Timeliness Of Insured’s Suit Against Insurer Is Measured From The Date The Insured’s Claim Accrued, Not The Date On Which Damage Was Incurred
The United States Court of Appeals for the Second Circuit recently found that a contractual suit limitations clause in a homeowner’s insurance policy began to run when the insured’s claim against the insurer accrued, not the date on which damage was incurred. In Fabozzi v. Lexington Insurance Company, 601 F.3d 88 (2d Cir. 2010), the Second Circuit analyzed the long-standing history of contractual suit limitations clauses under New York law and found that specific language is necessary to tie a suit limitations period to the date the loss or damage occurred.
Paul and Annette Fabozzi owned an Oceanside home on Staten Island, New York that began to collapse as the result of structural damage. The Fabozzis first became aware of the structural deterioration during the course of a renovation project that began in 2001. By April, 2002, the deterioration progressed to the point that the house had to be propped up to prevent it from fully collapsing. On May 13, 2002, the Fabozzis submitted a claim under their homeowner’s policy for the damage sustained to the home.
The insurer conducted a detailed investigation into the Fabozzis' claim that culminated with an examination under oath of the Fabozzis in January, 2004. On July 29, 2004, the insurer denied coverage based on the homeowner’s policy exclusions for wear and tear, deterioration, inherent vice, latent defect, wet and/or dry rot, as well as earth movement. On October 29, 2004, the Fabozzis sued the insurer, alleging breach of contract and breach of the covenant of good faith and fair dealing. The Fabozzis’ homeowner’s policy contained a contractual suit limitations clause, which read: “Suit Against Us. No action can be brought unless the policy provisions have been complied with and the action is started within two years after the date of loss.”
The insurer argued that by the time the Fabozzis brought their lawsuit in October, 2004, the two-year contractual suit limitations period expired. The District Court agreed with the insurer and dismissed the Fabozzis’ lawsuit. The District Court also rejected the Fabozzis’ argument that the conduct and statements of the insurer and its agent tolled the limitations period.
The Fabozzis appealed the District Court’s decision to the United States Court of Appeals for the Second Circuit, arguing that the District Court incorrectly applied New York’s law on contractual suit limitations periods and, alternatively, that there were questions of fact that precluded summary judgment on the Fabozzis’ equitable estoppel argument. The Second Circuit reversed the District Court and held that the suit limitations period in the Fabozzis’ homeowner’s policy did not begin to run at the time of the accident.
In reaching its decision, the Second Circuit analyzed case law from 1882 holding that “generic language setting a contractual limitations period should be interpreted to start the clock not at the time of the accident itself but only once ‘the right to bring an action exists’ – that is, once all conditions precedent have been met.” Fabozzi at 91, quoting, Steen v. Niagara Fire Ins. Co., 89 N.Y. 315, 322 (1882).
The Fabozzi Court observed that in 1887 and again in 1918, the New York State Legislature adopted a standard fire insurance policy which provided that an action had to be commenced “within twelve months next after the fire.” Fabozzi at 91, quoting, Proc v. Home Ins. Co., 17 N.Y.2d 239 (1966). In 1943, the legislature modified the standard fire insurance policy to provide that the suit limitations period would expire twelve months “after inception of the loss” insured against. Id.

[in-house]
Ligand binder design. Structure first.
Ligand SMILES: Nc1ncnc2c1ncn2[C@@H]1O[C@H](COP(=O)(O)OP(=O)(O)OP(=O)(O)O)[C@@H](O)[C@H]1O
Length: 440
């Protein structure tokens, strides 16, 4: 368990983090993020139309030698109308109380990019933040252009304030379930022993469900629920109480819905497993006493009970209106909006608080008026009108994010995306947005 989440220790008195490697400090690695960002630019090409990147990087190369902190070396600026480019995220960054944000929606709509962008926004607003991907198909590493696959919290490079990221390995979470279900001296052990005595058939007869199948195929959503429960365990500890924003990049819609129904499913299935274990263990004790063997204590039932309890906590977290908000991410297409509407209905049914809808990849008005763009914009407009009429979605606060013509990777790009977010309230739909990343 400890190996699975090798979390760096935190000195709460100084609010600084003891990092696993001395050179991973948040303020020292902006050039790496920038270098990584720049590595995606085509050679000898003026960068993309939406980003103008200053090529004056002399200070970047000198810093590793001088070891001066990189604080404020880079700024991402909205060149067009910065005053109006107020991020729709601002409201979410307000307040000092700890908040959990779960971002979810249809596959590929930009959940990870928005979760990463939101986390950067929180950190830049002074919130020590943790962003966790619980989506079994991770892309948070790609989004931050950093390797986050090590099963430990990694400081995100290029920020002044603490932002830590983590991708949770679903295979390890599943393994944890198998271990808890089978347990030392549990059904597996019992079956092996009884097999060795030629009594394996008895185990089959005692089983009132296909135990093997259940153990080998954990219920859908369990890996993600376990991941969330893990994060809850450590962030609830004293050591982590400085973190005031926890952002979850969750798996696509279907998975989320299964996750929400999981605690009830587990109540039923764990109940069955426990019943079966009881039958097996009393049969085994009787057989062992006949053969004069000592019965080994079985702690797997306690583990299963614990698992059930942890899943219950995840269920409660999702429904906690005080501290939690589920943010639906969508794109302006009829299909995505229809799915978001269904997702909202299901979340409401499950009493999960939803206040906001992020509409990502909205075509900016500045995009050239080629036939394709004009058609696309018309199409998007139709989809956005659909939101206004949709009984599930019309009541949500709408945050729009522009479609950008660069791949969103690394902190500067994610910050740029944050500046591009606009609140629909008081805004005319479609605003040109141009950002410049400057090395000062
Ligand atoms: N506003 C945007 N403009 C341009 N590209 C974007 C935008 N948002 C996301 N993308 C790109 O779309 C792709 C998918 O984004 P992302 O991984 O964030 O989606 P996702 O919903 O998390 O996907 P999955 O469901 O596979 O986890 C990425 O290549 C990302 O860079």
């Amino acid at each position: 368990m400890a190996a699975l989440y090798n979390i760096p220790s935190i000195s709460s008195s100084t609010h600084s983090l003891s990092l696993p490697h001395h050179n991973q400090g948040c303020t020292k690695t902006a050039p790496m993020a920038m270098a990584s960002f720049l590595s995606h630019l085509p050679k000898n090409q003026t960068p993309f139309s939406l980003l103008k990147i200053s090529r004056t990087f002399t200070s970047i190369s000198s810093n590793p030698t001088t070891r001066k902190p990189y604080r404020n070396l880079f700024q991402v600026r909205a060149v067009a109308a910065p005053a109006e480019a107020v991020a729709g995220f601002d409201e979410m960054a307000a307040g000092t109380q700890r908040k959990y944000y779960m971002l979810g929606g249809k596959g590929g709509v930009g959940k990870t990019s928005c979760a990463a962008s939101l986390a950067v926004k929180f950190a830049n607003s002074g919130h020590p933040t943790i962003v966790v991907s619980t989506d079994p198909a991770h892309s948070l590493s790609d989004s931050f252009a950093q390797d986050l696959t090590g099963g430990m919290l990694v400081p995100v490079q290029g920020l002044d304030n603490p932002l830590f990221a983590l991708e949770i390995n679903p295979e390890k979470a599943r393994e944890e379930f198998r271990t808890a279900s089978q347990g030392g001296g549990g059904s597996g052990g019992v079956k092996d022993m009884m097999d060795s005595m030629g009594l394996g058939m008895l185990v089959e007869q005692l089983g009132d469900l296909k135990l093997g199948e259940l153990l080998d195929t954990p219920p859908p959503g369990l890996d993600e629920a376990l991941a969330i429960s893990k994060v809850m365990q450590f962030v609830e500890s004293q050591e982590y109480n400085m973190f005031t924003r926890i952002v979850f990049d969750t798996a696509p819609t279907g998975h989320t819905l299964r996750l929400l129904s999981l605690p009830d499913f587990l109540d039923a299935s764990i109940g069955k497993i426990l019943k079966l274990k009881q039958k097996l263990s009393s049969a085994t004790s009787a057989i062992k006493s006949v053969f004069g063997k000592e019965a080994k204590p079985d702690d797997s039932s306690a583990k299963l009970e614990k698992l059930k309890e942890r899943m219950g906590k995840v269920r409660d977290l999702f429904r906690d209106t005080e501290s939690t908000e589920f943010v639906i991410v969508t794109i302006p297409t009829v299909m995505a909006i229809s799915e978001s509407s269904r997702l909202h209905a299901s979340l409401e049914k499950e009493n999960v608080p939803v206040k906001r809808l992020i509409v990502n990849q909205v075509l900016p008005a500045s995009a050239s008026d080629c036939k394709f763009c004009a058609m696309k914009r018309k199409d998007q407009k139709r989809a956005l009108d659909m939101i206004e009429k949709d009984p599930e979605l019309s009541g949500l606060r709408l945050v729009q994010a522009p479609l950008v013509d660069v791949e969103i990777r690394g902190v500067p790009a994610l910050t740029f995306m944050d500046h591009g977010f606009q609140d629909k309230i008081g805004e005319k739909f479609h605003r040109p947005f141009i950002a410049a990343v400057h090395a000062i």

Based on this history, the Second Circuit found the phrase “after the inception of the loss” to be a term of art in New York which fixes the suit limitations period to the date of the accident or peril insured against. Id. at 91. Courts in New York have also held that time bar provisions requiring that an action be brought “within two years after the date on which the direct physical loss or damage occurred,” or referring to the “event from which the loss or damage arises,” are sufficient to fix the suit limitations period to the date of the accident or peril insured against. Fabozzi at 92, quoting, Myers, Smith & Granady, Inc. v. N.Y. Prop. Ins. Underwriting Ass’n, 85 N.Y.2d 832 (1995); Myers v. Cigna Prop. & Cas. Ins. Co., 953 F.Supp. 551, 555-56 (S.D.N.Y. 1997).
However, if a contractual suit limitations clause uses generic language, such as “after the happening of the loss” or “within two years after the date of loss,” New York courts will tie the suit limitations period to the moment when a claim accrues. Fabozzi at 92, 93. For suit limitations purposes, a claim generally accrues once the conditions precedent to filing a suit have been satisfied. Id. at 93. Those conditions can be met when payment on a claim becomes due and enforceable, or at the time the insurance contract is allegedly breached (for example, when the claim is denied). Id.
Since the District Court in Fabozzi did not determine the conditions precedent to filing suit and did not determine at what point a breach occurred, the Second Circuit remanded the case to the District Court so that it could consider when the claim accrued and whether the lawsuit was timely.
In order to tie a suit limitation period to the date of the accident or peril insured against in New York, the contractual suit limitation clause must utilize the language “after the inception of the loss” or language of equal precision. If the contractual suit limitations clause uses generic language such as “within two years after the date of loss,” the limitations period will begin to run on the date the claim accrues, not the date on which the damage was incurred.